Under normal circumstances, when your blood sugar levels are low, your liver will kick in and produce more glucose from stored carbs. However, if you have been drinking too much, your liver will focus on metabolizing the alcohol instead. As a result, you will have low blood sugar levels and have feelings of irritability and tiredness.

                    10. Drink coffee and take an aspirin

                    drink coffee1

                      In a 2010 study published in the journal PIOS ONE, it was found that caffeine in coffee and the anti-inflammatory ingredients of aspirin reacted against the chemical compound of ethanol (pure alcohol). Ethanol brings on headaches because of the chemical acetate.

                      However, it is important to be aware that coffee does dehydrate. It will however cause a spike in adrenaline, which will give a false energy boost. Be careful when drinking coffee and taking painkillers at the same time.

                      11. Take a shower

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                      shower

                        Taking a cold shower will help to freshen you up and liven your senses. You may also like to try switching between cold and hot water. But be careful when doing so as you may shock your body which could do more damage.

                        12. Exercise

                        exercise

                          The endorphins release when you exercise to enhance your mood. It will also help to burn off the calories you gain when drinking alcohol. However, make sure that you drink water when exercising so you don’t become more dehydrated. It may take some willpower to get moving but it will surely help make your body and mind feel better.

                          We have gone through 12 tips that will help you to wake up without the dreaded hangover after a night of drinking. So remember these suggestions when you hit the bar next time.

                          Featured photo credit: Rinse Daily via rinsedaily.com

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                          Rebecca Beris

                          Rebecca is a wellness and lifestyle writer at Lifehack.

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                          Published on August 16, 2019

                          15 Strength Training Exercises Specifically for Runners

                          15 Strength Training Exercises Specifically for Runners

                          When you choose the right exercises, and make strength training a priority, it will have a great payoff to improve your running. Studies have shown incorporating a strength training program to your running routine improves running economy.[1]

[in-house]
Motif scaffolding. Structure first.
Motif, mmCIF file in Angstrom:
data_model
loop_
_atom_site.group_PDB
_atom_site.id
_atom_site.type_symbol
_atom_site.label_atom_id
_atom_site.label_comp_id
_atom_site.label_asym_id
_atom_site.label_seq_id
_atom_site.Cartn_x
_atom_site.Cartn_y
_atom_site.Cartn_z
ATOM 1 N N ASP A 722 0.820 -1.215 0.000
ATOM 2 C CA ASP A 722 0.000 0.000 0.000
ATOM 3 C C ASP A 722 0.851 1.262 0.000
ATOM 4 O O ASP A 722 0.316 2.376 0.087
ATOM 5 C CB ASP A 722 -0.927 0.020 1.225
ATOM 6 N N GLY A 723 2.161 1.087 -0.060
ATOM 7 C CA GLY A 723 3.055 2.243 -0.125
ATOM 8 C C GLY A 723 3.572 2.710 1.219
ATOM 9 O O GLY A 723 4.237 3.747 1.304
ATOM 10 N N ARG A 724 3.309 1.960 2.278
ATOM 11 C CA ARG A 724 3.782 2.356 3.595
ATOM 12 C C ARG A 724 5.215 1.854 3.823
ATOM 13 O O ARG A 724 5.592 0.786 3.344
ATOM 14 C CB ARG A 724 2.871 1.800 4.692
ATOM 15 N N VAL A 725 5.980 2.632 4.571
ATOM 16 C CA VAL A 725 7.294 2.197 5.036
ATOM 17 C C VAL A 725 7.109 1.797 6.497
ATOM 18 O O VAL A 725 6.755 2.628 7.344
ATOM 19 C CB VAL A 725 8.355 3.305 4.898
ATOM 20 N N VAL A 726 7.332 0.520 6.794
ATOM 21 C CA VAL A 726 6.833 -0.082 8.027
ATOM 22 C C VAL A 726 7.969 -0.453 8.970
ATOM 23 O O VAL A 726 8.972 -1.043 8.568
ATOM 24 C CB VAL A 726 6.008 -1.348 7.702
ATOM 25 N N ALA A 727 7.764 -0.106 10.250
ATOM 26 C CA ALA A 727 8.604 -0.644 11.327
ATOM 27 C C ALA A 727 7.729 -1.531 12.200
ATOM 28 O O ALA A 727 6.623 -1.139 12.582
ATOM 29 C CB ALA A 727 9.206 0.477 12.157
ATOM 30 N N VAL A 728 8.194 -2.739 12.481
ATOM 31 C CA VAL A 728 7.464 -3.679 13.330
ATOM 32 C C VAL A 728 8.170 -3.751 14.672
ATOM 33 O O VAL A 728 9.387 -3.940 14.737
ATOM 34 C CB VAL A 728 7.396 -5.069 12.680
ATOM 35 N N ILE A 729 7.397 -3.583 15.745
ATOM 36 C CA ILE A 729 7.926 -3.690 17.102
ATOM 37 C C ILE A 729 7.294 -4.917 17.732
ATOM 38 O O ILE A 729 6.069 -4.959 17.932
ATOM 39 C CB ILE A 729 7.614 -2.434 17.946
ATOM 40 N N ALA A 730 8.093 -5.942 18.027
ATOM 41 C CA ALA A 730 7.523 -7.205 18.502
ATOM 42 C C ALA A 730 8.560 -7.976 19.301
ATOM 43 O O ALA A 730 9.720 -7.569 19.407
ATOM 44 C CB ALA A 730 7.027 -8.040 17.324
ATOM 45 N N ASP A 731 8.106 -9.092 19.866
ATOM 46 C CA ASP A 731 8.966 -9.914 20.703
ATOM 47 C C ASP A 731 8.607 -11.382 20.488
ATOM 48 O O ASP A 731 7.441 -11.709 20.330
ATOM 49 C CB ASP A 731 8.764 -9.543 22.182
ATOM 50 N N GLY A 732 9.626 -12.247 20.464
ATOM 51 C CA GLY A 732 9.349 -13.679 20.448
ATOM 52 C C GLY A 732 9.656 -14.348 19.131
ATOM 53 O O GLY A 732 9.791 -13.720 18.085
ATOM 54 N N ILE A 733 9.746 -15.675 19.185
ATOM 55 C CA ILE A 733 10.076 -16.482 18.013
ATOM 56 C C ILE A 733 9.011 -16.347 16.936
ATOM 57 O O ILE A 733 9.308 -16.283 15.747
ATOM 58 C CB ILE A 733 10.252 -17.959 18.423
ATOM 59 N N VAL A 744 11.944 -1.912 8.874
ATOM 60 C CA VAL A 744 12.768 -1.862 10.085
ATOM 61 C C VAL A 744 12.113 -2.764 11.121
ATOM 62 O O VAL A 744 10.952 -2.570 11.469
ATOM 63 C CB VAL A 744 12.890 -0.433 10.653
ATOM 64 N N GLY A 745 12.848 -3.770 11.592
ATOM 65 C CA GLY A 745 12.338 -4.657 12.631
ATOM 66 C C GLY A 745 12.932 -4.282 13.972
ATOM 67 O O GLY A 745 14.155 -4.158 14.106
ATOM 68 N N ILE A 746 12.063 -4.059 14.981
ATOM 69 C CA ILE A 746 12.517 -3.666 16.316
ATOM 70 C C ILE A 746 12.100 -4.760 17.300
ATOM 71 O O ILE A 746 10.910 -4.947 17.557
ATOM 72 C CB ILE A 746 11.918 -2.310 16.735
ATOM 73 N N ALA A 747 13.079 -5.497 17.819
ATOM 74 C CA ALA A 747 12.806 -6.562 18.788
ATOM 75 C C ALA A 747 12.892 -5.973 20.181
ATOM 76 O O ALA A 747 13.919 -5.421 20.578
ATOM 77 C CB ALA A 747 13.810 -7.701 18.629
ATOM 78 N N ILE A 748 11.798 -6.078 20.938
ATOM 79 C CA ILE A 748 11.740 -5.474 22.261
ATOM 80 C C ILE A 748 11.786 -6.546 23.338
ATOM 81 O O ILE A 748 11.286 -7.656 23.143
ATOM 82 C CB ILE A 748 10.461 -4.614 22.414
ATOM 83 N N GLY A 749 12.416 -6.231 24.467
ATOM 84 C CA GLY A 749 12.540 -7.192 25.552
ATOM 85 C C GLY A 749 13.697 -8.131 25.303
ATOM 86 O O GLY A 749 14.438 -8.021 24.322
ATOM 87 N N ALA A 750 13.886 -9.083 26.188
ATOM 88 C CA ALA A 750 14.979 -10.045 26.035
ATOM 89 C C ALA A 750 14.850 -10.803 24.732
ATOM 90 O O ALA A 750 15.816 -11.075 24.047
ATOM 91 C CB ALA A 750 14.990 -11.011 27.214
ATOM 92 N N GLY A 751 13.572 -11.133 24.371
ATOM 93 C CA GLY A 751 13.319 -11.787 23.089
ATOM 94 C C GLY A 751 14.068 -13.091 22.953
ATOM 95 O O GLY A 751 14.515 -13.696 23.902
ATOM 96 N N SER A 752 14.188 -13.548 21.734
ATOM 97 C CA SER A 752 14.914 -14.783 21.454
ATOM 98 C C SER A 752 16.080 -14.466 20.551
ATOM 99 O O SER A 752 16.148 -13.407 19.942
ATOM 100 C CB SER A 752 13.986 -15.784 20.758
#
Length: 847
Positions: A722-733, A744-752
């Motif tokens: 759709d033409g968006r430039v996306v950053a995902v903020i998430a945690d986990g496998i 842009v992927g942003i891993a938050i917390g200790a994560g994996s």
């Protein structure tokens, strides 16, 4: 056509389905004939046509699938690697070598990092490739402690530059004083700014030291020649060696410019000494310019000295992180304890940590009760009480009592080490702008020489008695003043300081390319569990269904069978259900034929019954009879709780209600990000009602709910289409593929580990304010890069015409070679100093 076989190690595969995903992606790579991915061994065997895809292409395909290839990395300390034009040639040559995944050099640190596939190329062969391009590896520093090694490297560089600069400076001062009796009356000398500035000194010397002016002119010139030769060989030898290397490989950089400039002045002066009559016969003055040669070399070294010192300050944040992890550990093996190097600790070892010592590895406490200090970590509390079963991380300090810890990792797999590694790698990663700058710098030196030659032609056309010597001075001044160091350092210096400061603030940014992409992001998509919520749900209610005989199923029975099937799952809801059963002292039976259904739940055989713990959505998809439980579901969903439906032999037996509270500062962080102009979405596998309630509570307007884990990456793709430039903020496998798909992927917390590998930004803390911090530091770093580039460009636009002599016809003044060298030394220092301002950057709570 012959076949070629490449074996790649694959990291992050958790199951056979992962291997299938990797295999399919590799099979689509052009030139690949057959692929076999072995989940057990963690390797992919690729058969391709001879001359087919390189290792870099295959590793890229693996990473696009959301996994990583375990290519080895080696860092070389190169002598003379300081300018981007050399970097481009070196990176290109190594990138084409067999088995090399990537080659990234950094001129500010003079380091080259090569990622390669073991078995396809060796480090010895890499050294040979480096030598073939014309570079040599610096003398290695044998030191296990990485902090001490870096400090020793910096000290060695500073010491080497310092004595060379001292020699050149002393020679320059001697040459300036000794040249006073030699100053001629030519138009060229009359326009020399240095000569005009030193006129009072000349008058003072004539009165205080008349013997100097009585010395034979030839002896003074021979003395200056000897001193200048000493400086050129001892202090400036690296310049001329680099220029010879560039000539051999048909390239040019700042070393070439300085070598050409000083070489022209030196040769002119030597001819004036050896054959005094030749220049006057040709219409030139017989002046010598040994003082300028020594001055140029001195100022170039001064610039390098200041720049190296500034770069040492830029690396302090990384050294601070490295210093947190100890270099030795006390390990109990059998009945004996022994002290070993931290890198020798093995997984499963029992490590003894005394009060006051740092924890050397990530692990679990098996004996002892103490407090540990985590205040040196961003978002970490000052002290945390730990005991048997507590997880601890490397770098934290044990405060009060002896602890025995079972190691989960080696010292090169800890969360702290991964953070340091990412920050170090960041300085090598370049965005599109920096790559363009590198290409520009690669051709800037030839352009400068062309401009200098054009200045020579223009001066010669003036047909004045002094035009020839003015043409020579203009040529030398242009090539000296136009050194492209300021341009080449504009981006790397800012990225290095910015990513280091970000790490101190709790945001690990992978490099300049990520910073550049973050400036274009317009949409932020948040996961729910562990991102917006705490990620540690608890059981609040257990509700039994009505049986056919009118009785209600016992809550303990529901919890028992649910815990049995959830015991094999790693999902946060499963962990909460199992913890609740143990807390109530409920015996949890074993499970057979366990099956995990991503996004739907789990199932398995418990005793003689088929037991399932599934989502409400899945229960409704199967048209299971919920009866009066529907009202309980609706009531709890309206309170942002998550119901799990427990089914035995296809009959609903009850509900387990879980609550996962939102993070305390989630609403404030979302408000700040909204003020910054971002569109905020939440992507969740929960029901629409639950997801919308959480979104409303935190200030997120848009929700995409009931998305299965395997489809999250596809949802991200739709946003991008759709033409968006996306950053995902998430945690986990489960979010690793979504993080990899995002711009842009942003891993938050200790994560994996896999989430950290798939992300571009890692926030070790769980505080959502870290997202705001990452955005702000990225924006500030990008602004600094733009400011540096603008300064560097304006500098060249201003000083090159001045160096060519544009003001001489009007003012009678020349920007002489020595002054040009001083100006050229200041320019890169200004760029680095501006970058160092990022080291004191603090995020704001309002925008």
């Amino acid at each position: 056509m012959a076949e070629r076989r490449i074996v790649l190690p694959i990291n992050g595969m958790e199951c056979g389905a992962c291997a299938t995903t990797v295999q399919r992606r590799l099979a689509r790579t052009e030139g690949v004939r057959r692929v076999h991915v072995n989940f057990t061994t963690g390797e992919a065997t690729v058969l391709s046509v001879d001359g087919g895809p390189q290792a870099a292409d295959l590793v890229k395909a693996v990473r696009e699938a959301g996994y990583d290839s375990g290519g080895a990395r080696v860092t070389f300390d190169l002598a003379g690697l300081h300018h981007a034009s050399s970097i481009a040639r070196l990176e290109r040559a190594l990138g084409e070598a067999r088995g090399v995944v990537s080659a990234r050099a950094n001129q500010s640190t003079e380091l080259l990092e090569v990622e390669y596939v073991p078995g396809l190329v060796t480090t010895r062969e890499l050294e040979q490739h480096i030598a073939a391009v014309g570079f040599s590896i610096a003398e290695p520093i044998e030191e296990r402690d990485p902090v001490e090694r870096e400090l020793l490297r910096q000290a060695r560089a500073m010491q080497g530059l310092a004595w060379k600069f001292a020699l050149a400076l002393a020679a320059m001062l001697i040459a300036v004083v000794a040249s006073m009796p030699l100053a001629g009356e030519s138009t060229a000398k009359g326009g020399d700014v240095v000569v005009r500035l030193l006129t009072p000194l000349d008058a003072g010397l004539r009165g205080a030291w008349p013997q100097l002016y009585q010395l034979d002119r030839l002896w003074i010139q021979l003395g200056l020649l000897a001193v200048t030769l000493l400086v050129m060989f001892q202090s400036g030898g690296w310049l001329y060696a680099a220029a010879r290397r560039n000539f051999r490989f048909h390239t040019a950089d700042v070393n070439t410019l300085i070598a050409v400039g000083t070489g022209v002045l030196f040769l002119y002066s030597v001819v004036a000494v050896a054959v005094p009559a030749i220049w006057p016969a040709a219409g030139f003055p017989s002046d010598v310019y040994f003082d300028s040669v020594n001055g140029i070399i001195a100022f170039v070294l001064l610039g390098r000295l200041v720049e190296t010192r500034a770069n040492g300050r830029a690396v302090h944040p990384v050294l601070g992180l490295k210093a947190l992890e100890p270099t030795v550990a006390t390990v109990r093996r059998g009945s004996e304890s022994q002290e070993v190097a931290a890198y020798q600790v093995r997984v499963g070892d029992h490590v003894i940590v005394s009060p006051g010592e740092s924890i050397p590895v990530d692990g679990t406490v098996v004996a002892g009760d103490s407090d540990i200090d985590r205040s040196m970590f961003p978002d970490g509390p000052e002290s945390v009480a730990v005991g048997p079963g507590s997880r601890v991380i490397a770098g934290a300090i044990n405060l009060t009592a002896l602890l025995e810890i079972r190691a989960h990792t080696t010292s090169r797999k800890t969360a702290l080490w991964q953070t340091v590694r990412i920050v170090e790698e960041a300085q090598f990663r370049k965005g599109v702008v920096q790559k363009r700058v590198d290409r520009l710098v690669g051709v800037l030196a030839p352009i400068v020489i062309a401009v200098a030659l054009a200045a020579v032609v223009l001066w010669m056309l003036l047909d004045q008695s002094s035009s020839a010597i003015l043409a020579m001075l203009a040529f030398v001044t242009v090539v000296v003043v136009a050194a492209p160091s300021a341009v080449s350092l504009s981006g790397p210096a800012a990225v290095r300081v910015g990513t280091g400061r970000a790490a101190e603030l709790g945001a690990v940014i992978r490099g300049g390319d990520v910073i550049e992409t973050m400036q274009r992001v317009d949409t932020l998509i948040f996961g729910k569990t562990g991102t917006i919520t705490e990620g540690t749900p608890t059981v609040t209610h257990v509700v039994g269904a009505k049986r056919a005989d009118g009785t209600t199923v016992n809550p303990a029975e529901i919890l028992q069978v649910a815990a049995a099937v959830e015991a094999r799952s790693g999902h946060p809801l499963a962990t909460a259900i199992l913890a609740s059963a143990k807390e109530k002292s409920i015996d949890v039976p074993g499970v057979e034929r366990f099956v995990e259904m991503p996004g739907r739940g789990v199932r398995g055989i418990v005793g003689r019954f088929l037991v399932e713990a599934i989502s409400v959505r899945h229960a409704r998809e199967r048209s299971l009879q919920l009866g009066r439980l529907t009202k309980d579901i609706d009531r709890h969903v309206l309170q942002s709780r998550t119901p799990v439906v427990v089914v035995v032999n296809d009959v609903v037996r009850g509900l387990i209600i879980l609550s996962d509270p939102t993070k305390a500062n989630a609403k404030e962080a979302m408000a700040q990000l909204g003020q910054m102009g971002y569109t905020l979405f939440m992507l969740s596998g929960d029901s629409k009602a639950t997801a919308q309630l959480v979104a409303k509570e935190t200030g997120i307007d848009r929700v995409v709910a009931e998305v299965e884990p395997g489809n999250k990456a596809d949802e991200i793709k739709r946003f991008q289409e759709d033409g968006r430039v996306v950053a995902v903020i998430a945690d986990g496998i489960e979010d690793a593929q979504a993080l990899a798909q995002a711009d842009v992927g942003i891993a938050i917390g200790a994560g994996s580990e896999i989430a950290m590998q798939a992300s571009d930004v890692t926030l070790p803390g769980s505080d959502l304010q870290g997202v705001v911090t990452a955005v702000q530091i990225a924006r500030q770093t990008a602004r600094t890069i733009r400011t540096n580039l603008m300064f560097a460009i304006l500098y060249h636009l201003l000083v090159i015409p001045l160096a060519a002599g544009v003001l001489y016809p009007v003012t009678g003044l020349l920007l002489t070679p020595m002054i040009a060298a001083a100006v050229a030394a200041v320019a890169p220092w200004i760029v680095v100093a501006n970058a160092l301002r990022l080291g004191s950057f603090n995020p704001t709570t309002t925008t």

Here are 15 strength training exercises specifically for runners.

                          1. Planks

                          The plank is a very important core exercise that will help give you more control and balance while running. Having a strong core will also keep you more stable and in control if you have to navigate uneven surfaces.

                          The plank is a simple exercise and involved balancing on your forearms and the tips of your toes, so that your back is “straight as a plank”. You want to focus on keeping your abs tight and imagine sucking your belly button up into your spine to have them properly engaged.

                          Aim for 30 to 45 seconds for a few rounds. Ultimately, you want to hold them as long as you can with proper form – so every time you perform a plank you want to go a little longer than previous ones.

                          2. Side Planks

                          The same concept is applied but you are now engaging your core in a different manner and engaging your oblique muscles too. This time, you are going to lie on your side with your legs stacked on top of each other.

                          You will lean on your right forearm and lift your hips off the ground keeping your head lined up with your torso and ankles. Keep your other hand on your hip to help ,and control balance, and focus on not moving or swaying. Keep your abs tight to engage them and hold for 30-45 seconds, or longer if you can.

                          3. Clamshells

                          For this exercise, you are going to need a simple resistance band. Start with the band wrapped around both legs just below the knee. Your starting position will be on the ground lying on your side with your top hip and shoulder pointing towards the ceiling. Your hips will be on the ground, keep your back straight and your feet together, and lift up with your top knee as far as you can with the resistance.

                          Pause for a second at the top and lower back down under control. You can do 10 reps on this side before switching over and doing another 10 reps and aim for 2 to 3 sets.